(Pocket-lint) - Samsung's 2022 flagship tablets have been announced in the form of the Tab S8. But there's also the S8+ and S8 Ultra models within the line-up, so how does each of the trio's feature set differ - and is it more than just screen size differences?
The principal difference between each tablet is its screen size: the S8 is the smallest, at 11-inches; the S8+ is the middle size, at 12.4-inches; the S8 Ultra tops the three with its 14.6-inch display. Resolution increases per size, as you can see in the specification above, ensuring a crisp view irrelevant of which option you pick.
That's not all, though, as the 'entry' S8 model features an LCD display, while the S8+ and S8 Ultra feature AMOLED panels - the latter ought to offer a wider colour spectrum, deeper blacks and cleaner whites - and all panels deliver a refresh rate of up to 120Hz (double that of the standard, meaning smoother visuals for scrolling, gaming, and the like).
Relative to the screen size, of course, are slight design shifts between the three slates. The S8, being the smallest tablet of the trio, is actually the thickest. As the screen size expands, so the physical thickness dwindles by some points of a millimetre. The S8 Plus is particularly slender, at just 5.5mm - far slimmer than current flagship phones.
There are Wi-Fi only and 5G versions of each device, the choice being yours. The addition of mobile connectivity obviously requires more components and, therefore, the weight increase is pushed up - but only to a minor degree.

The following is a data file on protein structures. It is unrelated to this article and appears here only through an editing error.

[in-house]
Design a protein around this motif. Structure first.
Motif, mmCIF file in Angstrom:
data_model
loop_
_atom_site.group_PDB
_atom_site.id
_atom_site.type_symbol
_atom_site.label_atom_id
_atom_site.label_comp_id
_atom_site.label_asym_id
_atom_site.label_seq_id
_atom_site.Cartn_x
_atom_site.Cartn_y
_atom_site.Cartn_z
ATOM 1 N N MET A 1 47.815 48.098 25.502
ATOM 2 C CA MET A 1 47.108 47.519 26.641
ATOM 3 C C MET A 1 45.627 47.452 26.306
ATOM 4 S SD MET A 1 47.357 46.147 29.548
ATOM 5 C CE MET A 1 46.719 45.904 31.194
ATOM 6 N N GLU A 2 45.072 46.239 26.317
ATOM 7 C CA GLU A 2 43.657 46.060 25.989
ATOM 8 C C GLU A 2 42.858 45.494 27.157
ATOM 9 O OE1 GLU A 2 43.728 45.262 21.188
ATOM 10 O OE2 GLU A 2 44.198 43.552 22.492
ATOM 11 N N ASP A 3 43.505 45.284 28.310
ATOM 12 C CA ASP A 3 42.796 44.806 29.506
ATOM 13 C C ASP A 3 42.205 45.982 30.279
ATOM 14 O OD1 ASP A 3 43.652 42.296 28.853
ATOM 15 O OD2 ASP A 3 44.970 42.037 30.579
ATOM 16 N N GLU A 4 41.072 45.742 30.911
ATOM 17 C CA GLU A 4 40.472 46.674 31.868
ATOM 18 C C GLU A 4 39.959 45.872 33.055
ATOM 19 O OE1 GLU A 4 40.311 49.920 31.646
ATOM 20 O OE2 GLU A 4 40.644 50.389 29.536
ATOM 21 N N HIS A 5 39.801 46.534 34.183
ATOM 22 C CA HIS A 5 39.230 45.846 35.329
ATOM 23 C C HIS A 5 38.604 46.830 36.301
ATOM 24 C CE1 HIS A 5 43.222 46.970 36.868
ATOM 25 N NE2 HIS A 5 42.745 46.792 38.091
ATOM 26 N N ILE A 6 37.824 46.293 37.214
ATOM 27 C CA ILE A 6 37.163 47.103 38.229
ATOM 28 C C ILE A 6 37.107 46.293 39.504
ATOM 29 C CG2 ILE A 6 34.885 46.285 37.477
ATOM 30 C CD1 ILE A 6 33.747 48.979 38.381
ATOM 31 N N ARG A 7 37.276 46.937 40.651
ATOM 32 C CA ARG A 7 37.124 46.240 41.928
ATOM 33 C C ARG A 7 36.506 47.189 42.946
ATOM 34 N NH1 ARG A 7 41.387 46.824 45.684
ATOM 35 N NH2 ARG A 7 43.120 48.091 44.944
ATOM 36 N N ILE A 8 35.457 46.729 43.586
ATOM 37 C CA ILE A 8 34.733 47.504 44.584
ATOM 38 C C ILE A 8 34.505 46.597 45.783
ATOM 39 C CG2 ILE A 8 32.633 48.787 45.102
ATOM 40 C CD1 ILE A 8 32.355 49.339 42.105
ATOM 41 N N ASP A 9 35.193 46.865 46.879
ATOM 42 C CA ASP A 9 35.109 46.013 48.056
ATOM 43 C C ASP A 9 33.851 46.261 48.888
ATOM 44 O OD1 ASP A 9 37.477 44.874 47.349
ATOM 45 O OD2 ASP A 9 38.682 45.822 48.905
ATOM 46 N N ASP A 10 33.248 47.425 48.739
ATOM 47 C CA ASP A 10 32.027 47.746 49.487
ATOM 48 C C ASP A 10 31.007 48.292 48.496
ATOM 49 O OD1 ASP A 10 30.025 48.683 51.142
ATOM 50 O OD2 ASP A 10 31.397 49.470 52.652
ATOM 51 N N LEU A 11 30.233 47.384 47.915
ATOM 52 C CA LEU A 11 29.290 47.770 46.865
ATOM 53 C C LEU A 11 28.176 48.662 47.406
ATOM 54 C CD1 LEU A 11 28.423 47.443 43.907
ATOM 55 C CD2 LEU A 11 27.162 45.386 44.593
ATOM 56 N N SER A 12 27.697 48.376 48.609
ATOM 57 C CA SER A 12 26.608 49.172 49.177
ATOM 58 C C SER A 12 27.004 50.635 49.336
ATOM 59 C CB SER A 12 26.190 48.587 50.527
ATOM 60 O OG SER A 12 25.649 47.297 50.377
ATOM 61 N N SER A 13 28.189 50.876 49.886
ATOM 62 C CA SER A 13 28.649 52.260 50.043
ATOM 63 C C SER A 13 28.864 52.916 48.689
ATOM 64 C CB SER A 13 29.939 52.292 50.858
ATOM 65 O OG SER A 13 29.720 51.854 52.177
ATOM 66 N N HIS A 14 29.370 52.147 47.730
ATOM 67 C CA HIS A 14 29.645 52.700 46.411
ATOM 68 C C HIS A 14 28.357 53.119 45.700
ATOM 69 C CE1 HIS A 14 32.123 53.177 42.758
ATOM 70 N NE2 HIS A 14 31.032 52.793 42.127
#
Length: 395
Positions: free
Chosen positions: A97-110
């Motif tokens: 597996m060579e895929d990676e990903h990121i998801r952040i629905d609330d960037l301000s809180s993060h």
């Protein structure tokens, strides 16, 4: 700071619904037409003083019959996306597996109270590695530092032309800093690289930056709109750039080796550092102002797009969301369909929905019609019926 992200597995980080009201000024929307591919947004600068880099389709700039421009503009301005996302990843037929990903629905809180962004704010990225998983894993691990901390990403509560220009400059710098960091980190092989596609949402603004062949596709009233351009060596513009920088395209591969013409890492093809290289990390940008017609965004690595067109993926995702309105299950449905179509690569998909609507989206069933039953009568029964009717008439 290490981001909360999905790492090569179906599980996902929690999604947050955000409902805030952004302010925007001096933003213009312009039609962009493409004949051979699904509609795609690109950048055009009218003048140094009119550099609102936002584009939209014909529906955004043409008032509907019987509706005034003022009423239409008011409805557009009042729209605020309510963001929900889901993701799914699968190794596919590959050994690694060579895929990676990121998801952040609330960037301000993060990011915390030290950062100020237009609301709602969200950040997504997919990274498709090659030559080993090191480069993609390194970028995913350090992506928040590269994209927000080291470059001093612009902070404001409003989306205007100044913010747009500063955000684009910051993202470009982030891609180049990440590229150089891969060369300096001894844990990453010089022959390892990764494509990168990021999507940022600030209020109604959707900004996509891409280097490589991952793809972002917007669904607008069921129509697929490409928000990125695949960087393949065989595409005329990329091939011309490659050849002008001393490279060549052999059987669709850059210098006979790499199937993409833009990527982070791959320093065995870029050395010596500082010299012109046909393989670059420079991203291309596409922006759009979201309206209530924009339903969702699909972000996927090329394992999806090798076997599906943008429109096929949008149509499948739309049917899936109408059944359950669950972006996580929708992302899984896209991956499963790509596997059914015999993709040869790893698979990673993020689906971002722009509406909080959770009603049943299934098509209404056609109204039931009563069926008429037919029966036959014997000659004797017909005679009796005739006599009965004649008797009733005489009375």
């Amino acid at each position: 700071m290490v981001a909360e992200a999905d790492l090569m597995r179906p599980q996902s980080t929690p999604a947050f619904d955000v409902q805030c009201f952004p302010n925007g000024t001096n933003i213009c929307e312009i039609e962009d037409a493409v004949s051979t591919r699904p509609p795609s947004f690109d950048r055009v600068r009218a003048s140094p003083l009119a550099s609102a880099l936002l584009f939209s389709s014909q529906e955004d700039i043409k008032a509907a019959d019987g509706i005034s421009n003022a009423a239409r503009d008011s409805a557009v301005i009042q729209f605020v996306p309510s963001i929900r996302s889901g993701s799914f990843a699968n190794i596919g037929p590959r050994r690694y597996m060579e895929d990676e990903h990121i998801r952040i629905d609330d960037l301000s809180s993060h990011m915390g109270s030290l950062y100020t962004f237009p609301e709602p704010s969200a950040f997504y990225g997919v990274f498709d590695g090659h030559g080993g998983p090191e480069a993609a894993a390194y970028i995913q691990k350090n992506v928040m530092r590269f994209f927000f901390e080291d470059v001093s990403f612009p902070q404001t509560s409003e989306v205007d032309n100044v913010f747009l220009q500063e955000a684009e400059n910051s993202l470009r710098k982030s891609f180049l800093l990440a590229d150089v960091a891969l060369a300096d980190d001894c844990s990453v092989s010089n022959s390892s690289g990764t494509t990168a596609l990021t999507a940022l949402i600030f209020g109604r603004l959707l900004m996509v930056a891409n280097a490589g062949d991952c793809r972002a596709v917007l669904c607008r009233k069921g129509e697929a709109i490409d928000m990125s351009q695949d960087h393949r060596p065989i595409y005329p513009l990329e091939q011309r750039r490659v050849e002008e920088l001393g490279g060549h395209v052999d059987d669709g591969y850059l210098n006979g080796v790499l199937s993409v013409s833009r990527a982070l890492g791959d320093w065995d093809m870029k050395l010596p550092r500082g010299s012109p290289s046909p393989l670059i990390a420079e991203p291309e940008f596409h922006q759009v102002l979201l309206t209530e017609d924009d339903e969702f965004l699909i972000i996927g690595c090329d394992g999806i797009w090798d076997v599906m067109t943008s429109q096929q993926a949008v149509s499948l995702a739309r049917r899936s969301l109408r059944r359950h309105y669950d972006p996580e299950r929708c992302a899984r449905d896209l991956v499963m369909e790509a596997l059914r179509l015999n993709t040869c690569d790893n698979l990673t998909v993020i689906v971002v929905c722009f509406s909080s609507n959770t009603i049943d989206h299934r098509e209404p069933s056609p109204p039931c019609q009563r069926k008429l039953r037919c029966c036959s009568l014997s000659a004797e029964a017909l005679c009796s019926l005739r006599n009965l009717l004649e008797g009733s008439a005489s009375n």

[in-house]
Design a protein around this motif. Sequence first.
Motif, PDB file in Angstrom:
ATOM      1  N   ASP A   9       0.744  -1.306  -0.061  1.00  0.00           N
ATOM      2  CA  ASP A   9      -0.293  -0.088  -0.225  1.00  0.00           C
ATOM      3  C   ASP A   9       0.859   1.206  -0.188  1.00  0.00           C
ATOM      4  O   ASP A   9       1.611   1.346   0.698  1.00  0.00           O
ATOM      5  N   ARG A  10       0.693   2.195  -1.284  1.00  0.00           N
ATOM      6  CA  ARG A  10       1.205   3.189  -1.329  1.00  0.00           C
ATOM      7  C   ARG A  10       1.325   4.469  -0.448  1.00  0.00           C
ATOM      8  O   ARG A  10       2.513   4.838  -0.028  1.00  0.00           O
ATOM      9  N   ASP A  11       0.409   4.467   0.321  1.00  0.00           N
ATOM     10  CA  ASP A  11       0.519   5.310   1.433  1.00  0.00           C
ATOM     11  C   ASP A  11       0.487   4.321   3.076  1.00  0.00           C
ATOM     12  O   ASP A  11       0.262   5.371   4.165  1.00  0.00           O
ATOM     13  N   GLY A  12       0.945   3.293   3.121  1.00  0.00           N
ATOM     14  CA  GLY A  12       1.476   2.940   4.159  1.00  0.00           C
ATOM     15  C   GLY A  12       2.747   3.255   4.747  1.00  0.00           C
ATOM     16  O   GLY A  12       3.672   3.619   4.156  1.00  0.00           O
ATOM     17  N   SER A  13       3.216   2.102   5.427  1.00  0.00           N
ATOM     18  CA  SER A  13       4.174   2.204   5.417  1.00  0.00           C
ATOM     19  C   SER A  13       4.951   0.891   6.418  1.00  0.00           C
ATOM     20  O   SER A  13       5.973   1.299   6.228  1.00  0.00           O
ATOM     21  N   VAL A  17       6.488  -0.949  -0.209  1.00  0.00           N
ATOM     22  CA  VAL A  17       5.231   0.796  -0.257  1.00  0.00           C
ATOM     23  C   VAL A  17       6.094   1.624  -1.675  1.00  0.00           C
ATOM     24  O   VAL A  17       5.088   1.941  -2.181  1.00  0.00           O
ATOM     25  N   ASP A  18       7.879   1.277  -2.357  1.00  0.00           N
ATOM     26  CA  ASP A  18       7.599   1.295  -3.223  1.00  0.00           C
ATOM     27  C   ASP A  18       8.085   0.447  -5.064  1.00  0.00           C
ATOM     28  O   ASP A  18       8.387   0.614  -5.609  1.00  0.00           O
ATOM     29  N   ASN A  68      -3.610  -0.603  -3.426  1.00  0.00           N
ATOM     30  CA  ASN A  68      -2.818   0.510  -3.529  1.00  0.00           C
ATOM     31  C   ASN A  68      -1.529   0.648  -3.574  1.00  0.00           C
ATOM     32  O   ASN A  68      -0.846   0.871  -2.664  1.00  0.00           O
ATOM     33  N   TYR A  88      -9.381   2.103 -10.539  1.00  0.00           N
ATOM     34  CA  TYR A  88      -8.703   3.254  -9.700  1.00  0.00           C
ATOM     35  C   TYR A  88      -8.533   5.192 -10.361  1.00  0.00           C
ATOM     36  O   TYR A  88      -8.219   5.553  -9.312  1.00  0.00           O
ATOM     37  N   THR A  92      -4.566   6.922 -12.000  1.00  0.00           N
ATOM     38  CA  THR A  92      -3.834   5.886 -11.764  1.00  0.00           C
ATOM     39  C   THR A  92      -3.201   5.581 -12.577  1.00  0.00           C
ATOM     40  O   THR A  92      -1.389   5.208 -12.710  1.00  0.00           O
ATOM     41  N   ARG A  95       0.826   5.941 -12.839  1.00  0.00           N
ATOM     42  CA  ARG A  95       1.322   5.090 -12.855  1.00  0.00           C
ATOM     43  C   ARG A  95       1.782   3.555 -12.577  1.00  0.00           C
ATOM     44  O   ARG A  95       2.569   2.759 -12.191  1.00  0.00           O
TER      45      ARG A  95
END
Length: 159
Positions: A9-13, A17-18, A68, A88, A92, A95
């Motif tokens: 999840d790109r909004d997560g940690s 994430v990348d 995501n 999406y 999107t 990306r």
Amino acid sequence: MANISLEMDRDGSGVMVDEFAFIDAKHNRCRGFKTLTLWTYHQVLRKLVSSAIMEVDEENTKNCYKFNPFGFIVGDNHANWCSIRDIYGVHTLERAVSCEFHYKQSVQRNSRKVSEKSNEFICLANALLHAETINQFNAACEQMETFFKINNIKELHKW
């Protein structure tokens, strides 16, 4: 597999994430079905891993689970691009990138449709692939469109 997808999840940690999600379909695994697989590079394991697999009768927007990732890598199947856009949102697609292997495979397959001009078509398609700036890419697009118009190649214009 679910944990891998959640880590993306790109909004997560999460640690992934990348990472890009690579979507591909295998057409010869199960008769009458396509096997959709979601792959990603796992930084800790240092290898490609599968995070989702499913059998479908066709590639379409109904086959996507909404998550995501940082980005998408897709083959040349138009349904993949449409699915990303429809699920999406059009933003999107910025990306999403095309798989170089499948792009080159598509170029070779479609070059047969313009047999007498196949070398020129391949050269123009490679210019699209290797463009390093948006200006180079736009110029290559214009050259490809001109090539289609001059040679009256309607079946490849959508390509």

All three tablets feature fingerprint scanning for sign-in and payment options, but that's a side-mounted one for the S8 - the S8+ and Ultra both feature under-displayer scanners as part and parcel of the AMOLED panel deal.
Oddly enough the S8 Ultra is only available in a 'Graphite' finish (as are the other two tablets), with the silver and pink options only available on the smaller-scale slates.
In terms of what's under the hood, there's top-tier hardware only. Unlike the S22 series of phones, however, it appears that all the tablets will get Qualcomm hardware (certainly the European devices we saw didn't have Exynos anyway).
In terms of longevity you can likely expect similar innings from a battery perspective irrelevant of which size tablet you pick. That's because as the screen sizes increase so, too, do the battery capacities of each device - as outlined in detail above - with each three slates offering 45W fast-charging. Note there's no wireless charging available in any option.
In addition to the top-end processor, the minimum RAM specification is a decent 8GB, increasing to a 12GB option for all, but only the Ultra gets a 16GB option. The storage capacity is reflected in a similar way: 128GB or 256GB are the standard, with only the Ultra offering 512GB. Thankfully all three products will offer microSD expansion to increase that considerably if you so wish - a feature that's good to see here.
Tablets aren't exactly the kings of cameras, which is just fine, but all three slates have a straightforward 13-megapixel main camera and 6MP wide-angle.
The only point of difference? It's only the Ultra that delivers dual cameras to the front of the device; the S8 & S8+ only have the single selfie camera on board.
All three slates include Samsung's S Pen stylus in the box - not always the case with competitor products - meaning you can use finger or pen to sketch, draw, illustrate or command the tablet as you need.
Another key part of the Tab S8 series falls to optional accessories. Beyond just being a window to watching content, there are keyboard accessories for each size to transform the experience into more of a laptop-replacement device.
Other accessory options add a protective cover or stand or strap, so there's lot of versatility.
Pricing and availability
The big question is, of course, how much will each of these tablets set you back? It'll vary a lot depending on your choice of tablet size, storage amount, Wi-Fi or 5G, and in the case of the Ultra the RAM amount too.
Here's a summary of costs for different variants ahead of the February 25 arrival: